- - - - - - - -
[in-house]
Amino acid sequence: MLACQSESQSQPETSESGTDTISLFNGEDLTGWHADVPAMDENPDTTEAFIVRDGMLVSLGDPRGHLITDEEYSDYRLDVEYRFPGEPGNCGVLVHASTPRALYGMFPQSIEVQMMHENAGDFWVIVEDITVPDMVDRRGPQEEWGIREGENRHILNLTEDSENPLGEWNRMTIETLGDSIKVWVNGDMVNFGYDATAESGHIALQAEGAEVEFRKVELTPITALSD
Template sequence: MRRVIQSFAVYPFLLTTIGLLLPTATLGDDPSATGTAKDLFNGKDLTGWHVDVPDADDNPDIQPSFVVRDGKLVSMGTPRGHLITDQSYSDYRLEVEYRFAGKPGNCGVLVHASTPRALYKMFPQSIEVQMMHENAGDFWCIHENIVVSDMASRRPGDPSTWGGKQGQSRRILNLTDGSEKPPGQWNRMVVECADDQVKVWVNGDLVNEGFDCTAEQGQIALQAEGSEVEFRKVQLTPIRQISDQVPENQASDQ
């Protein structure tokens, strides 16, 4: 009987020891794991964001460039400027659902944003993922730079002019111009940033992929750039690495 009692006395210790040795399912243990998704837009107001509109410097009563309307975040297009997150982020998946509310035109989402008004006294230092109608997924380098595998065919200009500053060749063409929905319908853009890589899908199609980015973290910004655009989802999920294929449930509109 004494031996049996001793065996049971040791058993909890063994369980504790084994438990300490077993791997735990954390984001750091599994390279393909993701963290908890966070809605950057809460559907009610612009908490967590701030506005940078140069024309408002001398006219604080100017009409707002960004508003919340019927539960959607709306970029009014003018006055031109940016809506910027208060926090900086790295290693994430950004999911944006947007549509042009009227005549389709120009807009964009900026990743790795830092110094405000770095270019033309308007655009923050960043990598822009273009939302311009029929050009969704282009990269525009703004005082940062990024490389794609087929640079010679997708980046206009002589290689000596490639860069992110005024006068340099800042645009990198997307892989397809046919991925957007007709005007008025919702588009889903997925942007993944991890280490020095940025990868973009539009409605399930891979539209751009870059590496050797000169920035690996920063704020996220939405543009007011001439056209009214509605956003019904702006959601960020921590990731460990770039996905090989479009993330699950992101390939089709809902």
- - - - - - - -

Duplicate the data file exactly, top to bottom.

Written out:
[in-house]
Amino acid sequence: MLACQSESQSQPETSESGTDTISLFNGEDLTGWHADVPAMDENPDTTEAFIVRDGMLVSLGDPRGHLITDEEYSDYRLDVEYRFPGEPGNCGVLVHASTPRALYGMFPQSIEVQMMHENAGDFWVIVEDITVPDMVDRRGPQEEWGIREGENRHILNLTEDSENPLGEWNRMTIETLGDSIKVWVNGDMVNFGYDATAESGHIALQAEGAEVEFRKVELTPITALSD
Template sequence: MRRVIQSFAVYPFLLTTIGLLLPTATLGDDPSATGTAKDLFNGKDLTGWHVDVPDADDNPDIQPSFVVRDGKLVSMGTPRGHLITDQSYSDYRLEVEYRFAGKPGNCGVLVHASTPRALYKMFPQSIEVQMMHENAGDFWCIHENIVVSDMASRRPGDPSTWGGKQGQSRRILNLTDGSEKPPGQWNRMVVECADDQVKVWVNGDLVNEGFDCTAEQGQIALQAEGSEVEFRKVQLTPIRQISDQVPENQASDQ
């Protein structure tokens, strides 16, 4: 009987020891794991964001460039400027659902944003993922730079002019111009940033992929750039690495 009692006395210790040795399912243990998704837009107001509109410097009563309307975040297009997150982020998946509310035109989402008004006294230092109608997924380098595998065919200009500053060749063409929905319908853009890589899908199609980015973290910004655009989802999920294929449930509109 004494031996049996001793065996049971040791058993909890063994369980504790084994438990300490077993791997735990954390984001750091599994390279393909993701963290908890966070809605950057809460559907009610612009908490967590701030506005940078140069024309408002001398006219604080100017009409707002960004508003919340019927539960959607709306970029009014003018006055031109940016809506910027208060926090900086790295290693994430950004999911944006947007549509042009009227005549389709120009807009964009900026990743790795830092110094405000770095270019033309308007655009923050960043990598822009273009939302311009029929050009969704282009990269525009703004005082940062990024490389794609087929640079010679997708980046206009002589290689000596490639860069992110005024006068340099800042645009990198997307892989397809046919991925957007007709005007008025919702588009889903997925942007993944991890280490020095940025990868973009539009409605399930891979539209751009870059590496050797000169920035690996920063704020996220939405543009007011001439056209009214509605956003019904702006959601960020921590990731460990770039996905090989479009993330699950992101390939089709809902």